Haag took a break from his busy day to discuss the current situation.

How have these processing plant closures impacted your 17,000 head wean-to-finish hog operations?

“It’s important to understand how tight of a schedule most hog producers have in their barns. There are very few weeks that you can negotiate that schedule between the time you ship pigs and the time you get new pigs in.

“This whole process started 10 months ago when that sow was bred and that timeframe is pretty much locked into place give or take a week or two all the way through.

“All of a sudden our packer shuts down just like many across the country. Then it was like, whoa, what can we do feed-wise? I really felt our main farm was sitting at that 270-, 280-pound range when this thing hit.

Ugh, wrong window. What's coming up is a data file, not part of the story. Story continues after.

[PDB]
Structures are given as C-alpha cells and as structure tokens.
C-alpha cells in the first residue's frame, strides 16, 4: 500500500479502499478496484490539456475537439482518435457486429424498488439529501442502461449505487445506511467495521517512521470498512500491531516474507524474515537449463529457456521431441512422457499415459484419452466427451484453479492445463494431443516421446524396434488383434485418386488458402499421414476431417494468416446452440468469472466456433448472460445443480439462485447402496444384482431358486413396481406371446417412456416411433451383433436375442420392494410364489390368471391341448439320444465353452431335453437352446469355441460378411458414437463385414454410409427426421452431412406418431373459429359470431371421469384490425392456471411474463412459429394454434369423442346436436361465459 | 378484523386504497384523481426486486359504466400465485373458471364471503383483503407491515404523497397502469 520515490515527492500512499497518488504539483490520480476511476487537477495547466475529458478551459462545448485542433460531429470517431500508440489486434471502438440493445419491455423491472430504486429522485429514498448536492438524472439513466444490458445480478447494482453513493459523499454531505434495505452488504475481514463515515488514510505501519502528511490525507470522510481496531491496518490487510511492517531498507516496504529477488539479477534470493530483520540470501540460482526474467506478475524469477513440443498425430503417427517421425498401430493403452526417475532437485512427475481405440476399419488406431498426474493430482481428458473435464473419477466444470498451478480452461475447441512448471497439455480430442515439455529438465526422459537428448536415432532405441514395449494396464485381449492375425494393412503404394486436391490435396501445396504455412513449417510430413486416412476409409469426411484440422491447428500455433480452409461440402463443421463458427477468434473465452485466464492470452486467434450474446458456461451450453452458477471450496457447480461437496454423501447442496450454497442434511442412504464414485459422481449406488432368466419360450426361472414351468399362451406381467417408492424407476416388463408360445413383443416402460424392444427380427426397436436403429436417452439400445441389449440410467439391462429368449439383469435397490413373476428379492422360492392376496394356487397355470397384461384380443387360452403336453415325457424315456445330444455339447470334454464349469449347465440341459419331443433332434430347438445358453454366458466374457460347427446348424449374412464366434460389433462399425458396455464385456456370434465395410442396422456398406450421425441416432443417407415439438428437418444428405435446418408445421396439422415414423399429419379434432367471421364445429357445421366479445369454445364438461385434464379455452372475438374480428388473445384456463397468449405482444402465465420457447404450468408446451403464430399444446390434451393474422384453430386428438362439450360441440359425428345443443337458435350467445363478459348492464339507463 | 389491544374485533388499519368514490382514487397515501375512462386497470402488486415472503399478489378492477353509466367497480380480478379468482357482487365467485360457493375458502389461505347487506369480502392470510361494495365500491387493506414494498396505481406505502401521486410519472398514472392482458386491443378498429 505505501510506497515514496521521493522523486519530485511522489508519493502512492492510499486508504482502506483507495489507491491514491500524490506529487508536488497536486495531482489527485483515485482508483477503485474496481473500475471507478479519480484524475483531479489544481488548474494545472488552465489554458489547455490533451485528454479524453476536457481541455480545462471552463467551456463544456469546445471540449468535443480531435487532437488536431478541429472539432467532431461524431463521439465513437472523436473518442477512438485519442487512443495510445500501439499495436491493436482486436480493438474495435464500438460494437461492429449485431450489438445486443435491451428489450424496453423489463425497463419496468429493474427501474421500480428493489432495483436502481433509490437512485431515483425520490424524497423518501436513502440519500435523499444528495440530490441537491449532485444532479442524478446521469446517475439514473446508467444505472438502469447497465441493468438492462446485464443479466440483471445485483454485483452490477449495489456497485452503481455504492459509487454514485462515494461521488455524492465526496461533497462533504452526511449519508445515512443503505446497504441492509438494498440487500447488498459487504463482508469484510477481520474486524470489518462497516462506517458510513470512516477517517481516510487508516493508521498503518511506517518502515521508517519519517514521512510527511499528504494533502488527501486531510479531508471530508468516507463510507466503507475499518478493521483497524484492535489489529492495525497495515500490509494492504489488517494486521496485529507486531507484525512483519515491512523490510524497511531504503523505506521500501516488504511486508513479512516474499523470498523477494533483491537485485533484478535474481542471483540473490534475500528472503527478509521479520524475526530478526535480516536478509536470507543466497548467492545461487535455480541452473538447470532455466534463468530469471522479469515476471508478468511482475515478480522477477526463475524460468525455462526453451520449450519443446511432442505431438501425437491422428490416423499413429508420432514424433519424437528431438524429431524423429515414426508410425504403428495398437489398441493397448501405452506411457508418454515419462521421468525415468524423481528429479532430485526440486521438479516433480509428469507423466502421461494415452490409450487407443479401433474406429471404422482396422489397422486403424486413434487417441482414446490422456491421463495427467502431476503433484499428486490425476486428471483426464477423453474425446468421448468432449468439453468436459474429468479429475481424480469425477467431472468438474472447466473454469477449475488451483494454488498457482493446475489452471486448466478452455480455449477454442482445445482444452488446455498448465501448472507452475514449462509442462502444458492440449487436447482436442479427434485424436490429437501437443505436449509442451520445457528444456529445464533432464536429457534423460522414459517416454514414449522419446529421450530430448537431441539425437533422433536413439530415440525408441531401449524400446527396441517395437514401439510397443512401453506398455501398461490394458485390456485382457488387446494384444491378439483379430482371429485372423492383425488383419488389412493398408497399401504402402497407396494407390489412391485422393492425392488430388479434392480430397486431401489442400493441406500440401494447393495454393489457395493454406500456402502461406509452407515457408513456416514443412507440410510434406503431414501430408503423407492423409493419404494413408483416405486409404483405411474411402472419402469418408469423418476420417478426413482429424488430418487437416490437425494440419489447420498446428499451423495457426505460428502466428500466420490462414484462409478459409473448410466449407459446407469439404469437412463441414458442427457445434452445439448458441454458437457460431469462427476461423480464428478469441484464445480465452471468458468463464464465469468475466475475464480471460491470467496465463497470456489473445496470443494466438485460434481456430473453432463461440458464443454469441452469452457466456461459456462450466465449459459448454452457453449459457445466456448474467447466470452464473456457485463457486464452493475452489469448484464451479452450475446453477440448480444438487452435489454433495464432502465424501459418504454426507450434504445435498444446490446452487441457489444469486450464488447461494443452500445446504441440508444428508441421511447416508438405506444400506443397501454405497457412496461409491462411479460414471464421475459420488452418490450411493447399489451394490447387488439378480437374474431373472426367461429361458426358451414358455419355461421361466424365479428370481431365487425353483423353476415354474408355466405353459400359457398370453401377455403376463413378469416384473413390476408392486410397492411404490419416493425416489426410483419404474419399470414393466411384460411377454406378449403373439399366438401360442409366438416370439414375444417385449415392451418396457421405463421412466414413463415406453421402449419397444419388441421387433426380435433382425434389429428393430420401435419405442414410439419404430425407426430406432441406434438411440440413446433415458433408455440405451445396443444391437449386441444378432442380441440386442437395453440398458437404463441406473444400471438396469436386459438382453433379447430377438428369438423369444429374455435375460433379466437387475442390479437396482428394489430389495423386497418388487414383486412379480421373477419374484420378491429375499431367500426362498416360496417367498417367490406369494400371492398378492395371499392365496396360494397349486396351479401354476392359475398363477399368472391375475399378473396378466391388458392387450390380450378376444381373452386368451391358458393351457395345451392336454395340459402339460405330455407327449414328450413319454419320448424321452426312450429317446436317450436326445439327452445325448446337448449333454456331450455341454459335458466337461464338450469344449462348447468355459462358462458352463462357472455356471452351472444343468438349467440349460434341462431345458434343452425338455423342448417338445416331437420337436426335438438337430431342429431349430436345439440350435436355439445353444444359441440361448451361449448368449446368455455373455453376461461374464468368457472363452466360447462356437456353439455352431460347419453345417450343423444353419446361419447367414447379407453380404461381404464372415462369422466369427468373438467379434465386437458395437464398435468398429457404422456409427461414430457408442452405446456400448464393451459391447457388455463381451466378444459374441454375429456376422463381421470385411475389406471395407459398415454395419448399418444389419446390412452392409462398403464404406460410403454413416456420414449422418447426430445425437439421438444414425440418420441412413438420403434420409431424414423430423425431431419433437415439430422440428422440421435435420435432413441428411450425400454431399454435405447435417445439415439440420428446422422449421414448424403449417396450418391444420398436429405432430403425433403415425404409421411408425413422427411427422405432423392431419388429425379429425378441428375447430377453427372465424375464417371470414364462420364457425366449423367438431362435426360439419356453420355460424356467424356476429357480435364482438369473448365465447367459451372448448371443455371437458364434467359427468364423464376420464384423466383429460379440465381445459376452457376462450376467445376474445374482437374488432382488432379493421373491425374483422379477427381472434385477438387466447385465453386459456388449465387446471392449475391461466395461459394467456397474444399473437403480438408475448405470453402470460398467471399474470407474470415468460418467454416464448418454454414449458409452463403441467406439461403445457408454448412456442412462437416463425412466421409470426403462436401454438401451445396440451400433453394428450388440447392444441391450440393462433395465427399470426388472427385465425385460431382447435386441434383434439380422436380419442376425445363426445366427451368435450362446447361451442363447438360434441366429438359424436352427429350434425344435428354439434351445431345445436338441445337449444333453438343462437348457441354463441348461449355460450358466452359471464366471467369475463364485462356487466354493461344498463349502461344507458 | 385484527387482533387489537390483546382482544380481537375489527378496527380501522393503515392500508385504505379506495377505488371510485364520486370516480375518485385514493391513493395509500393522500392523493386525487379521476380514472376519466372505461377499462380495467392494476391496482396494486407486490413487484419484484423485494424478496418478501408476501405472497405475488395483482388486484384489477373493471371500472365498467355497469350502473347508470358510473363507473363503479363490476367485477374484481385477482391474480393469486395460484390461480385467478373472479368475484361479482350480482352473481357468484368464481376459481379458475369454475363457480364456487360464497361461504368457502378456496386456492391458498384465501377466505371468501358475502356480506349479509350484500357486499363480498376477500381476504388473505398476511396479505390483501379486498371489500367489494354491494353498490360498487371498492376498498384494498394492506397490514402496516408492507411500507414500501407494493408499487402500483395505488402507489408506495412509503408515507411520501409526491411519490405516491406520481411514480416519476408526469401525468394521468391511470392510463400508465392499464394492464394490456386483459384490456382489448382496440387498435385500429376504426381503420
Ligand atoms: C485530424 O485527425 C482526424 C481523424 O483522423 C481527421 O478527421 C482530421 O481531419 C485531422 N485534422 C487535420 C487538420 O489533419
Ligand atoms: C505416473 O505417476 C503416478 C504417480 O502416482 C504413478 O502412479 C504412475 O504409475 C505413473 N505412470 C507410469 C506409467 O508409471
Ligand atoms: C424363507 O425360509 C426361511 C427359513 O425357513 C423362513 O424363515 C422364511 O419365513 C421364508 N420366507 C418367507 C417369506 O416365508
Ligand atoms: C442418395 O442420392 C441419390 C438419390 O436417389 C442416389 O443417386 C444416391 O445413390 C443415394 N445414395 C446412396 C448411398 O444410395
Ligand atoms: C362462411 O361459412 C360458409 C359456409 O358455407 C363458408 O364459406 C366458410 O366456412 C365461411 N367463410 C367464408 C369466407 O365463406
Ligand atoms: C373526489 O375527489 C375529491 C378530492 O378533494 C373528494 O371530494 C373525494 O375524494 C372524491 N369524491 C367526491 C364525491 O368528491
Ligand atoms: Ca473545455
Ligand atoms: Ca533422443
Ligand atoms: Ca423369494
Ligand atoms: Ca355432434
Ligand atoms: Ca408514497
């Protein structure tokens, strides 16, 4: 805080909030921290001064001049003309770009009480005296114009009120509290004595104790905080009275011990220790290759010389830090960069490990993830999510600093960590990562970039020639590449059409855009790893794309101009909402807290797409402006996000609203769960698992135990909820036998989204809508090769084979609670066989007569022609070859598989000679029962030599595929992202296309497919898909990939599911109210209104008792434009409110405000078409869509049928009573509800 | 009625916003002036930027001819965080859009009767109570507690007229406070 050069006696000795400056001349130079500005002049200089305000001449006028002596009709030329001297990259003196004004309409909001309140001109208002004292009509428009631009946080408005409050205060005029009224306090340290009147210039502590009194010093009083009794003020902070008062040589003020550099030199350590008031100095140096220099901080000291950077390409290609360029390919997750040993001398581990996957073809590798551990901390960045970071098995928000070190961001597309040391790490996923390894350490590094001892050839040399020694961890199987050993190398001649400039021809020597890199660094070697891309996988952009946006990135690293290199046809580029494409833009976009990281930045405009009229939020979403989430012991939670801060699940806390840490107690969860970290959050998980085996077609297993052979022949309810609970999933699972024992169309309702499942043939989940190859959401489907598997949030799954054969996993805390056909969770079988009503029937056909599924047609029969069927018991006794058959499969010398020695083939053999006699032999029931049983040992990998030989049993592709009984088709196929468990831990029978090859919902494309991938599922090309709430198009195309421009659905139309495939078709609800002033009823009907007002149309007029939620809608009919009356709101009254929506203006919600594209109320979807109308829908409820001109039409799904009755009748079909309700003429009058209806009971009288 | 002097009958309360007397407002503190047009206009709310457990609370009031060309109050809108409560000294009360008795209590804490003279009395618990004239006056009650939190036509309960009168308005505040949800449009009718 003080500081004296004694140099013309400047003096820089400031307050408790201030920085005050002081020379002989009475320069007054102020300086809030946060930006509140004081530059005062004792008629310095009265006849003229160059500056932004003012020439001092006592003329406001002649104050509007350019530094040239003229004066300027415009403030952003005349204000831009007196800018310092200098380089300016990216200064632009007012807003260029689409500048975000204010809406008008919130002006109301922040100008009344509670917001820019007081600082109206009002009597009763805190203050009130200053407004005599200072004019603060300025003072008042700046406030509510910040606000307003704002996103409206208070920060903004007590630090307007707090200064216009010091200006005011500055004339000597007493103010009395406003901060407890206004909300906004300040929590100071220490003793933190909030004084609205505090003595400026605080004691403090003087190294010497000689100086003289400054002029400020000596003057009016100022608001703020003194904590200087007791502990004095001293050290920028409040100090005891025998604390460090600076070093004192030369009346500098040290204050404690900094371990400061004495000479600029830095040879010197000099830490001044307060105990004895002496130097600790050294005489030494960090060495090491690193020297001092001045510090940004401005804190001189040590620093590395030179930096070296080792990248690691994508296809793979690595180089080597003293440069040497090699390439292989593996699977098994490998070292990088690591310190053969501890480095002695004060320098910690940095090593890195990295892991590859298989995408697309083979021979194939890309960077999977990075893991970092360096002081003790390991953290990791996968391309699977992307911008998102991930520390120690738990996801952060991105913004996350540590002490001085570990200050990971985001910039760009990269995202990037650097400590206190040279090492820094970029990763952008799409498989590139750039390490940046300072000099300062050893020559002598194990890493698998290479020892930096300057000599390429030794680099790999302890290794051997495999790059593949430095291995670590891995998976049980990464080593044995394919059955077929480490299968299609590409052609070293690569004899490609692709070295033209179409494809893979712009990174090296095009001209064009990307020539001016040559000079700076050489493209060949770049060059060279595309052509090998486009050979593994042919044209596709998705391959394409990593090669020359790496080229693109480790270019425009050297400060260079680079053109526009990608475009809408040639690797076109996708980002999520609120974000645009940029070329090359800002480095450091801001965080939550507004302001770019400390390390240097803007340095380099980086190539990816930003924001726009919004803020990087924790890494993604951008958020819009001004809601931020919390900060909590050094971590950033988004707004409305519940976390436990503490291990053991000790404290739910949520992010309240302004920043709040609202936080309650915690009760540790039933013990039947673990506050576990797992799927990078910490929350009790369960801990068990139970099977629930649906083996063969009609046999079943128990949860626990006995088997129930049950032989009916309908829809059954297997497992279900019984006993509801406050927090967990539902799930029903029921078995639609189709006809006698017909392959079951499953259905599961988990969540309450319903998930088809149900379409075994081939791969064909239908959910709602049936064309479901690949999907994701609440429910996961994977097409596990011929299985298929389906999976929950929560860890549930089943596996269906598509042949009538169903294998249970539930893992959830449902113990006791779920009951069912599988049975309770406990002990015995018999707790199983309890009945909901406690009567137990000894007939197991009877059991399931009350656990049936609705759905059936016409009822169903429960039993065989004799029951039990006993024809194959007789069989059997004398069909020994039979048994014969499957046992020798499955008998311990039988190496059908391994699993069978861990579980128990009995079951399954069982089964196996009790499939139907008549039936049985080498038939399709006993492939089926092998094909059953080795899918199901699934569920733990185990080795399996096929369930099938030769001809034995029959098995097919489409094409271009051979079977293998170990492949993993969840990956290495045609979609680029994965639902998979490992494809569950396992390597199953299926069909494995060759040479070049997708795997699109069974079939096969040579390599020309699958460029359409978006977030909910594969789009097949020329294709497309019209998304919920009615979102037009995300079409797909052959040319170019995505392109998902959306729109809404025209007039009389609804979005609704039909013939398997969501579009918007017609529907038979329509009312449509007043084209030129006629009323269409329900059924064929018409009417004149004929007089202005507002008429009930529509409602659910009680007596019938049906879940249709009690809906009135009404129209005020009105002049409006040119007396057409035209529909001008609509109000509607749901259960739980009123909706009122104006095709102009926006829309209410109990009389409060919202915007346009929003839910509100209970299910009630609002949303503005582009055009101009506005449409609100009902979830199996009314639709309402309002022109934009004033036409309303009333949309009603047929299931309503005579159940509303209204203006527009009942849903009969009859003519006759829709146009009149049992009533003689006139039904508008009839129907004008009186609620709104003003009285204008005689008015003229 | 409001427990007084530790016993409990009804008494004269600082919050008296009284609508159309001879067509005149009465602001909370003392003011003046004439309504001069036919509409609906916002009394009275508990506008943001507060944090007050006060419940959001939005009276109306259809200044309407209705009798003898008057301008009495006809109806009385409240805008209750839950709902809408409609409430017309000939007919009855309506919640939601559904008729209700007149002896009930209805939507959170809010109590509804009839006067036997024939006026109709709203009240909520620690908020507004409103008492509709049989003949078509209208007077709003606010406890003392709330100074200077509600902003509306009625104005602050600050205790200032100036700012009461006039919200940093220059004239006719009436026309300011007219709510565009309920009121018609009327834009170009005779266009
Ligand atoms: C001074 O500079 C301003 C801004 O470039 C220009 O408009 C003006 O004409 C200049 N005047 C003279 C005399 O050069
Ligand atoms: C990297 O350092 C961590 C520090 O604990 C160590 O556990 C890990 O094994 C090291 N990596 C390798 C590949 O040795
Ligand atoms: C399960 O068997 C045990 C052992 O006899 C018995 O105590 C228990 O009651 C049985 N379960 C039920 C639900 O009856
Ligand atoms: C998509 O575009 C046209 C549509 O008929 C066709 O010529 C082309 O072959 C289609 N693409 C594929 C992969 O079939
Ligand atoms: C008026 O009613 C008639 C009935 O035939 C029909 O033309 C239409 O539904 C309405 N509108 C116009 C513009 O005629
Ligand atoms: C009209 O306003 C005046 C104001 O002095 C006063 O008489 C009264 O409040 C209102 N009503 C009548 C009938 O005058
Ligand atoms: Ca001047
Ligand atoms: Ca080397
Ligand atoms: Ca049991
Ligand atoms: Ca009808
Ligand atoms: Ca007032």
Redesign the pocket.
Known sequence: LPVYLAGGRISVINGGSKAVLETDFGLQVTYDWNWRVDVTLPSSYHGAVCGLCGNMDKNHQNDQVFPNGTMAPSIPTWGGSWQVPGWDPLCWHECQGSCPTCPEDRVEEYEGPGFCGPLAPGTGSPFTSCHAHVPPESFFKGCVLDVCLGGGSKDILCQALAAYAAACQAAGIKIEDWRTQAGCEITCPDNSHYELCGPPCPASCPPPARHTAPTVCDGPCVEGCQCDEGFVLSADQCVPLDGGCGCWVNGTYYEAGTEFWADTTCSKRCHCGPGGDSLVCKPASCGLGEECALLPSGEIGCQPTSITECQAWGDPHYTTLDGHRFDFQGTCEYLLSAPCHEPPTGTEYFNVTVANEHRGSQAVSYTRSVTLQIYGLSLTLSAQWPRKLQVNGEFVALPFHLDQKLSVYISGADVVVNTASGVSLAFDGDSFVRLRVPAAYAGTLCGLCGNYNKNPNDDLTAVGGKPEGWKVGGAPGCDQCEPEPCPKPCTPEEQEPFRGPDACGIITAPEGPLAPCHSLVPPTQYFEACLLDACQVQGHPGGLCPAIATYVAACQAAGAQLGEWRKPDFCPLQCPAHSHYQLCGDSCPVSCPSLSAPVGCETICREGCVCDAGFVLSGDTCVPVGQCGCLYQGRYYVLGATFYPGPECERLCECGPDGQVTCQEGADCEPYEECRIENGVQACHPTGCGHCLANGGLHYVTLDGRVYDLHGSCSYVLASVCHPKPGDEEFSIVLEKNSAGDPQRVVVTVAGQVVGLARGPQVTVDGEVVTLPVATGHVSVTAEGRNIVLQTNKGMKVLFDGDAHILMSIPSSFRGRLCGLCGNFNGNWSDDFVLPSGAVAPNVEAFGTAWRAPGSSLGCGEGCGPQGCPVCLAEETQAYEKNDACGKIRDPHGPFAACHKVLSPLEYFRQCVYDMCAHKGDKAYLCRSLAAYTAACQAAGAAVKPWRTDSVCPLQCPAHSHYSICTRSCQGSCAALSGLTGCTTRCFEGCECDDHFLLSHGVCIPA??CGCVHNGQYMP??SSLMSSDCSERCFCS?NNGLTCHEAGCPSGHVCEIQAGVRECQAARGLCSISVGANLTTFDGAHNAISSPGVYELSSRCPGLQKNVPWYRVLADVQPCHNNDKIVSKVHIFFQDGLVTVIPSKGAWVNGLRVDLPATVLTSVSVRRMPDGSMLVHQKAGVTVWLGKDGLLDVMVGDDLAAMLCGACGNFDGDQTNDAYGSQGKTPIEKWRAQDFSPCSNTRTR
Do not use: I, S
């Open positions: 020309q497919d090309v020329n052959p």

“The nutritionists have been able to come up some rations that have done remarkably well at basically holding pigs in place. The one ration that I tried I swear it actually moved them back 10 pounds in a week.

“For us, I think we’re going to be able to move some pigs out of the nursery into another barn and buy us a couple of weeks. I think we are going to be able to maybe get out of this over the next month, at least until the next group of pigs.”

What are you hearing from others in the pork production industry?

“I know there are some guys that aren’t going to be able to get out of this over the next month. In fact I’m hearing a number in the state of 200,000 pigs that are probably going to have to be put down sometime in the next 30 days. The industry here in Illinois, as it across the country, is in crisis mode.